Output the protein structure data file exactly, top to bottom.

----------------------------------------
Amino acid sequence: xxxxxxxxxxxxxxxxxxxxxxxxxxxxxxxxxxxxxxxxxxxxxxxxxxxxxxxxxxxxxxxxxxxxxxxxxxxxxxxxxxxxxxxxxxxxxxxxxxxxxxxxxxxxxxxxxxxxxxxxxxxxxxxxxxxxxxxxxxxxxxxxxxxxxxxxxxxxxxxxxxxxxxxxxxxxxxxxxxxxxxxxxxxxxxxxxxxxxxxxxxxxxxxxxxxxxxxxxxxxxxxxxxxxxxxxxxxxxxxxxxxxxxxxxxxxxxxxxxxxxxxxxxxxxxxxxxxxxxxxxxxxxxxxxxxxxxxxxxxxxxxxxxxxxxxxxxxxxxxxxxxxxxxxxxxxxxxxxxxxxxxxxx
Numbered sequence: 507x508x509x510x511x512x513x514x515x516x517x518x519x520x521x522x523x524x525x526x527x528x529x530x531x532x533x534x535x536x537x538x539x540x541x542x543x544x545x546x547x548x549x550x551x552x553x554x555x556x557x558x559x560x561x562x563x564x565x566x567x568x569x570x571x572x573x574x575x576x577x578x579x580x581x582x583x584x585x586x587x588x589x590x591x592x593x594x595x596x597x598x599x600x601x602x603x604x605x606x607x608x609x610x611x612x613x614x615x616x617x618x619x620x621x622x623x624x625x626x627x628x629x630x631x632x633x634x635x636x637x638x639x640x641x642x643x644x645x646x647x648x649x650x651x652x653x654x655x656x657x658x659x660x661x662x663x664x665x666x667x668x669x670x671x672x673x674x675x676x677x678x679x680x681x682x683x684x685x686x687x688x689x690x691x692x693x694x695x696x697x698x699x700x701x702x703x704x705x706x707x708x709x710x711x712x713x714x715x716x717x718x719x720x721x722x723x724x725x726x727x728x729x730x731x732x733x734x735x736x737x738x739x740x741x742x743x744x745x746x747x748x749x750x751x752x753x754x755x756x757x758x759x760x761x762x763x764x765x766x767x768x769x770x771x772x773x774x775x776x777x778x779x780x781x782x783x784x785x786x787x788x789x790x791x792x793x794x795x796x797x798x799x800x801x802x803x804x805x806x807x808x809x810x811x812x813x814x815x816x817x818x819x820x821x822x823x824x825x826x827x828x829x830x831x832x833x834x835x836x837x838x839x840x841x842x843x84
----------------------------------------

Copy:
Amino acid sequence: xxxxxxxxxxxxxxxxxxxxxxxxxxxxxxxxxxxxxxxxxxxxxxxxxxxxxxxxxxxxxxxxxxxxxxxxxxxxxxxxxxxxxxxxxxxxxxxxxxxxxxxxxxxxxxxxxxxxxxxxxxxxxxxxxxxxxxxxxxxxxxxxxxxxxxxxxxxxxxxxxxxxxxxxxxxxxxxxxxxxxxxxxxxxxxxxxxxxxxxxxxxxxxxxxxxxxxxxxxxxxxxxxxxxxxxxxxxxxxxxxxxxxxxxxxxxxxxxxxxxxxxxxxxxxxxxxxxxxxxxxxxxxxxxxxxxxxxxxxxxxxxxxxxxxxxxxxxxxxxxxxxxxxxxxxxxxxxxxxxxxxxxxx
Numbered sequence: 507x508x509x510x511x512x513x514x515x516x517x518x519x520x521x522x523x524x525x526x527x528x529x530x531x532x533x534x535x536x537x538x539x540x541x542x543x544x545x546x547x548x549x550x551x552x553x554x555x556x557x558x559x560x561x562x563x564x565x566x567x568x569x570x571x572x573x574x575x576x577x578x579x580x581x582x583x584x585x586x587x588x589x590x591x592x593x594x595x596x597x598x599x600x601x602x603x604x605x606x607x608x609x610x611x612x613x614x615x616x617x618x619x620x621x622x623x624x625x626x627x628x629x630x631x632x633x634x635x636x637x638x639x640x641x642x643x644x645x646x647x648x649x650x651x652x653x654x655x656x657x658x659x660x661x662x663x664x665x666x667x668x669x670x671x672x673x674x675x676x677x678x679x680x681x682x683x684x685x686x687x688x689x690x691x692x693x694x695x696x697x698x699x700x701x702x703x704x705x706x707x708x709x710x711x712x713x714x715x716x717x718x719x720x721x722x723x724x725x726x727x728x729x730x731x732x733x734x735x736x737x738x739x740x741x742x743x744x745x746x747x748x749x750x751x752x753x754x755x756x757x758x759x760x761x762x763x764x765x766x767x768x769x770x771x772x773x774x775x776x777x778x779x780x781x782x783x784x785x786x787x788x789x790x791x792x793x794x795x796x797x798x799x800x801x802x803x804x805x806x807x808x809x810x811x812x813x814x815x816x817x818x819x820x821x822x823x824x825x826x827x828x829x830x831x832x833x834x835x836x837x838x839x840x841x842x843x84